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Summer positions in Japan for American professor?

Denisu

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Hi,
I'm a US college professor in astronomy+physics. I usually take summers off, but I'm wondering if there are any summer positions in Japan appropriate for an academic. Whether it's teaching sciences, ALT, a guest lectureship, etc, I'd just be interested in using my skills while benefiting from the experience of a few months in Japan. My Japanese is very basic, probably at N4.

I recognize this is a bit presumptuous, basically expecting a perfectly-fit position to exist just for me, but I didn't think it'd hurt to ask. Especially if the Japanese school schedule is shifted relative to the US's.
Simply googling didn't help much, given how convoluted my search is, but any help in pointing me in the right direction would be much appreciated.
Thanks!
D
 

Glenski

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You would have to get a visa to work here, and that's terribly unlikely to happen, certainly not for this year! (too late to apply) You'll need it to teach classes.
I work at a university, and unless you have a special relationship involving a contract between your school and one here, you're not going to get invited to do research on that contract.
ALT work? Not a chance, since there are no classes going on, and ALTs typically cannot be hired at universities.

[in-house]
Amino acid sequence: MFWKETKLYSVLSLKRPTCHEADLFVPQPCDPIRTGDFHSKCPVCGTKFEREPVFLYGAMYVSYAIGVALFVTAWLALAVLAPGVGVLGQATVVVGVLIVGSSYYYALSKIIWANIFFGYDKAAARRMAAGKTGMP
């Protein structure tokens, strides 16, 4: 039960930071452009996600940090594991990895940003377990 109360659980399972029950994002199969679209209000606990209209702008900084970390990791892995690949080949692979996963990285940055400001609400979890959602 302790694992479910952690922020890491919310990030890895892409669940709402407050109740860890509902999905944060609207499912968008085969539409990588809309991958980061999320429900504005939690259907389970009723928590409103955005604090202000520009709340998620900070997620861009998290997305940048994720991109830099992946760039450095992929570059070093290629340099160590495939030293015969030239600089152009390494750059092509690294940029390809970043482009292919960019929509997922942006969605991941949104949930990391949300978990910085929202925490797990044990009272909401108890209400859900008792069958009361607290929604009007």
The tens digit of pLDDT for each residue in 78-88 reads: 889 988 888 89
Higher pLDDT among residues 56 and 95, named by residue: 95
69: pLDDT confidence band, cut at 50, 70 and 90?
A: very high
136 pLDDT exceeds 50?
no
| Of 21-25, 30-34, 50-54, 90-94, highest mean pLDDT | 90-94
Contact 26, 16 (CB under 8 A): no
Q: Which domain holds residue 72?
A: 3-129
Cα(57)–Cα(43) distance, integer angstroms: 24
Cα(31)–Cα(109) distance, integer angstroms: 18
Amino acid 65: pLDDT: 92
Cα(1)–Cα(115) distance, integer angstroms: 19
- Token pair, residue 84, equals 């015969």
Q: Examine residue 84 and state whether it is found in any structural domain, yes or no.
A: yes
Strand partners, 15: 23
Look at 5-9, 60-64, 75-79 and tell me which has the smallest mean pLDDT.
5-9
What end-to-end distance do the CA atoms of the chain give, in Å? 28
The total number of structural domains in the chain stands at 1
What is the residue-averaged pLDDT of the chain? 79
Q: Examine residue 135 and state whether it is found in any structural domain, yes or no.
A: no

Summertime is a terrible time anyway. No classes means that many professors are either away on business/study trips, and the school itself has very little going on. My only advice is for you to find a school that seems to have a program suiting your research interests, then see if there is anything they can do to invite you on a grant. But it's not going to happen this year.
 

Lawrence1

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Hi,
I'm a US college professor in astronomy+physics. I usually take summers off, but I'm wondering if there are any summer positions in Japan appropriate for an academic. Whether it's teaching sciences, ALT, a guest lectureship, etc, I'd just be interested in using my skills while benefiting from the experience of a few months in Japan. My Japanese is very basic, probably at N4.

I recognize this is a bit presumptuous, basically expecting a perfectly-fit position to exist just for me, but I didn't think it'd hurt to ask. Especially if the Japanese school schedule is shifted relative to the US's.
Simply googling didn't help much, given how convoluted my search is, but any help in pointing me in the right direction would be much appreciated.
Thanks!
D

It is a little bit surprising to see a university professor asking this in this forum since I am not sure if there are many fellow professors using this forum. However, I actually do know a few resources that you should look into.
First of all, I recommend applying for NSF fellowships since they do have them for professor interested in collaborating with a university professor all over the world (including east asia). My last professor recently sent an undergraduate and a graduate student to work under this grant in South Korea.
Additionally, you can look at JSPS: Japan Society for the Promotion of Science